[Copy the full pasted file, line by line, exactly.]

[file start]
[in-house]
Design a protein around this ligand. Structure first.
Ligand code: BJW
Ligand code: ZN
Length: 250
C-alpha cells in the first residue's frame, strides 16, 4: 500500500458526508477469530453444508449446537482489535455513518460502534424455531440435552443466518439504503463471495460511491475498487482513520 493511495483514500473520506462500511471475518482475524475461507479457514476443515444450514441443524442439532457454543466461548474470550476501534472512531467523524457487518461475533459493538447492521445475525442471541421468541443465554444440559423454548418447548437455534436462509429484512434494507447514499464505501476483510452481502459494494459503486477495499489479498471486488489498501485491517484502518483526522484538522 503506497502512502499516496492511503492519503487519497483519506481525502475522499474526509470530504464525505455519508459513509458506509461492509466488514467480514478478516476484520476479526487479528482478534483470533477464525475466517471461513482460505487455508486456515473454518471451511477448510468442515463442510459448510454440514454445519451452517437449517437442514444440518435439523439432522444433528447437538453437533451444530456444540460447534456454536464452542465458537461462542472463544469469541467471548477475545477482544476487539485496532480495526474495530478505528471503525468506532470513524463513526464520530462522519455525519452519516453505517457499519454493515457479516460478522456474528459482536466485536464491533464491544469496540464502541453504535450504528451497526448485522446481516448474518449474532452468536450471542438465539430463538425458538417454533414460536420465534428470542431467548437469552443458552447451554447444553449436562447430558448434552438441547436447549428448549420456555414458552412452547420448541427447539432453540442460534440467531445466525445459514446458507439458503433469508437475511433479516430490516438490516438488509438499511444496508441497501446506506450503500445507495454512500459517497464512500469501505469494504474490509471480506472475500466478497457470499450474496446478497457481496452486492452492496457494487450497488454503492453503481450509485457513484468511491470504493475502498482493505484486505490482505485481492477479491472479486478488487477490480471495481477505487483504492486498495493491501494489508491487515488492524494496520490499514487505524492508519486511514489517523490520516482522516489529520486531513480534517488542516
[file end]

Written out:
[in-house]
Design a protein around this ligand. Structure first.
Ligand code: BJW
Ligand code: ZN
Length: 250
C-alpha cells in the first residue's frame, strides 16, 4: 500500500458526508477469530453444508449446537482489535455513518460502534424455531440435552443466518439504503463471495460511491475498487482513520 493511495483514500473520506462500511471475518482475524475461507479457514476443515444450514441443524442439532457454543466461548474470550476501534472512531467523524457487518461475533459493538447492521445475525442471541421468541443465554444440559423454548418447548437455534436462509429484512434494507447514499464505501476483510452481502459494494459503486477495499489479498471486488489498501485491517484502518483526522484538522 503506497502512502499516496492511503492519503487519497483519506481525502475522499474526509470530504464525505455519508459513509458506509461492509466488514467480514478478516476484520476479526487479528482478534483470533477464525475466517471461513482460505487455508486456515473454518471451511477448510468442515463442510459448510454440514454445519451452517437449517437442514444440518435439523439432522444433528447437538453437533451444530456444540460447534456454536464452542465458537461462542472463544469469541467471548477475545477482544476487539485496532480495526474495530478505528471503525468506532470513524463513526464520530462522519455525519452519516453505517457499519454493515457479516460478522456474528459482536466485536464491533464491544469496540464502541453504535450504528451497526448485522446481516448474518449474532452468536450471542438465539430463538425458538417454533414460536420465534428470542431467548437469552443458552447451554447444553449436562447430558448434552438441547436447549428448549420456555414458552412452547420448541427447539432453540442460534440467531445466525445459514446458507439458503433469508437475511433479516430490516438490516438488509438499511444496508441497501446506506450503500445507495454512500459517497464512500469501505469494504474490509471480506472475500466478497457470499450474496446478497457481496452486492452492496457494487450497488454503492453503481450509485457513484468511491470504493475502498482493505484486505490482505485481492477479491472479486478488487477490480471495481477505487483504492486498495493491501494489508491487515488492524494496520490499514487505524492508519486511514489517523490520516482522516489529520486531513480534517488542516